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HAPPY THANKSGIVING! Learn about Molena’s turkey industry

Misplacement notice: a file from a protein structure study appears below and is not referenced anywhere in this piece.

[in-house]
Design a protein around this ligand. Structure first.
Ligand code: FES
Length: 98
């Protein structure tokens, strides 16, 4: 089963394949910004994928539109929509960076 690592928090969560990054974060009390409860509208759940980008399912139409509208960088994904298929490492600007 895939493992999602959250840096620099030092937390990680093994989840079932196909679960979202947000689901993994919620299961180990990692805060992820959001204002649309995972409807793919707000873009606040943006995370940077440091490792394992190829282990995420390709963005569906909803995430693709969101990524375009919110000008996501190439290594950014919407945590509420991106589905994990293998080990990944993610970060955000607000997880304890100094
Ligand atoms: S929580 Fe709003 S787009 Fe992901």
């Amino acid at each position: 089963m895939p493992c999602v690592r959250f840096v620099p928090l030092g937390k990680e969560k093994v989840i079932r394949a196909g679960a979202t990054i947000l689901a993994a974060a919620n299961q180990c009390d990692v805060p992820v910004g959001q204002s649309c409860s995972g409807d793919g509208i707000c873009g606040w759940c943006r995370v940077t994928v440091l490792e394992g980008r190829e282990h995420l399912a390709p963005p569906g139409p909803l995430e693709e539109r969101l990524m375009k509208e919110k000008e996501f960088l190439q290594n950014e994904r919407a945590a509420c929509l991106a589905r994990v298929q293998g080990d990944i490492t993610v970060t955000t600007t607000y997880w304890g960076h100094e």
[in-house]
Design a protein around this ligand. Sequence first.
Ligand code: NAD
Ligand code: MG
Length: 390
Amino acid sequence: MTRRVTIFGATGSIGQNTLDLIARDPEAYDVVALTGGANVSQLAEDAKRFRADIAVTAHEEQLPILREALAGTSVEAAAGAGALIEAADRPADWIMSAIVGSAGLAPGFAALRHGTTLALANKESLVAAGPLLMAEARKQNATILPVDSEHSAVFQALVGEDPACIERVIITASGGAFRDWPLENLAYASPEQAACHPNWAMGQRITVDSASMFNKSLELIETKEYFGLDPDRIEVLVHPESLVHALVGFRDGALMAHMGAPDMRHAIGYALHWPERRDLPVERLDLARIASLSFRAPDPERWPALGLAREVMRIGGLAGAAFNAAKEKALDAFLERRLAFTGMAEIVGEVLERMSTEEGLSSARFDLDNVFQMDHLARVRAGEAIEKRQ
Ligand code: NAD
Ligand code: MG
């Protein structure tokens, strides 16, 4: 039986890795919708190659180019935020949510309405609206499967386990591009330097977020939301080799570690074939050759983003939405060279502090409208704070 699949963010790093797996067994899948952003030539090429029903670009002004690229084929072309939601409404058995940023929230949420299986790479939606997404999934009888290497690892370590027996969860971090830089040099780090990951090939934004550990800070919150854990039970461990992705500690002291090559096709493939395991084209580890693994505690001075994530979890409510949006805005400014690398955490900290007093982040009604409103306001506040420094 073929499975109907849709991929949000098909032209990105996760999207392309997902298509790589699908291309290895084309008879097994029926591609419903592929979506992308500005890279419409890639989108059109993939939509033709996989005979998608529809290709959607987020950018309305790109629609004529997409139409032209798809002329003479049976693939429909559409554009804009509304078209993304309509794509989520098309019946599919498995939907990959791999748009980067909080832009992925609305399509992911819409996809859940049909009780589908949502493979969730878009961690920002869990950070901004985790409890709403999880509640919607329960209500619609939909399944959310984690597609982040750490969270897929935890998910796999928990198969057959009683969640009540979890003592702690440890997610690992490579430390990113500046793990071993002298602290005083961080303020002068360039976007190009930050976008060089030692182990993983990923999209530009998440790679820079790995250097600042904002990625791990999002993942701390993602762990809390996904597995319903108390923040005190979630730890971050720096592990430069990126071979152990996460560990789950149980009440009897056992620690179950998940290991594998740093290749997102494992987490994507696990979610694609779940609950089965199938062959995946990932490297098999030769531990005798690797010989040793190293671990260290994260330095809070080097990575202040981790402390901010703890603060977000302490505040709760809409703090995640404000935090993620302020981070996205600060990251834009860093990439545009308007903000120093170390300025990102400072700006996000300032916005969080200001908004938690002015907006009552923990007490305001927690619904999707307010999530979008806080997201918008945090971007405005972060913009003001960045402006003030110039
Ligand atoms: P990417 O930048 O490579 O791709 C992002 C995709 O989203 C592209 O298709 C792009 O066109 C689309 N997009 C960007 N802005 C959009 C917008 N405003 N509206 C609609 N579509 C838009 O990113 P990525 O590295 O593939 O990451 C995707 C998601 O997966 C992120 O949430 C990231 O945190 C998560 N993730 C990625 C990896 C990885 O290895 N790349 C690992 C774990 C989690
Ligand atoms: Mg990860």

For longtime Molena residents, turkeys weren’t just for Thanksgiving, they were a way of life. Starting in the 1940s, many Molena families began raising the birds. They became so popular the city named a Turkey Queen, entered parades and even dressed the turkeys in homemade costumes every year. ’Molena was just covered in white turkeys at one time,’ said Betty McCrary. ‘It was a good business to be in because everyone could work together and make it a family business.’ There is some debate over who was the first family to start the turkey industry in Molena but there is no denying the number of turkeys in the small town far outnumbered other Georgia towns. The first turkeys, like those on Louis Lester McCrary Sr.’s farm, were wild, bronze turkeys, not the white turkeys later raised on commercialized turkey farms in Molena. ’My family had turkeys since before I was born. My grandmother would always raise them in the yard,’ said Molena resident Jean Callaway. ‘My mother said my grandmother started the turkey industry in Molena when she gave my grandfather a tom and a hen. He started selling a few and found it to be a profitable business so he sold more and more. I remember we got up to 10,000 and it expanded from there. Nobody who raised turkeys had less than 10,000. I think my daddy got up to 100,000 at one time.’ Every year the governor of Georgia pardons a turkey, sparing him from meeting his end for Thanksgiving. Many believe President Harry S. Truman pardoned the first turkey in 1947. That is around the time Louis Lester McCrary Jr. presented Georgia Gov. Herman Talmadge with a turkey from his Molena farm. ’He presented a live turkey to Gov. Herman Talmadge in the late 1940s,’ said Betty McCrary. ‘For a while it was a booming business in Molena and we were referred to as the turkey capitol of Georgia. There were just turkeys everywhere.’ Jean Callaway was a teenager when the turkey industry was booming in Molena. She was in charge of vaccinating her father’s turkeys and he often volunteered her to vaccinate other families’ turkeys. ’In 1948 my father built his business in Molena and started selling turkeys,’ Callaway said. ‘It was a fun time because the growers sort of banded together and we’d have a parade in Thomaston or Griffin. A Turkey Queen was named every year and it was just a really fun time. It was a sense of community, neighbors helping neighbors.’ By the 1980s, the turkey industry in Molena had disappeared as the profit margin for growers shrank to little or none. ’They became so commercialized and they were sold for so cheap it cost too much to provide the grain to feed them,’ said Callaway. ‘For a while there were around eight families raising turkeys, then it got down to just the McCrarys and us and then there was one farm left in Athens.’ The thousands of turkeys that once covered the farms in Molena required lots of land to roam. ’Turkeys could clean a couple of acres in no time. That protected the health of the turkeys,’ said Callaway. ‘Now they want you to grow them in houses. I think they were much better when they could get out and be free.’

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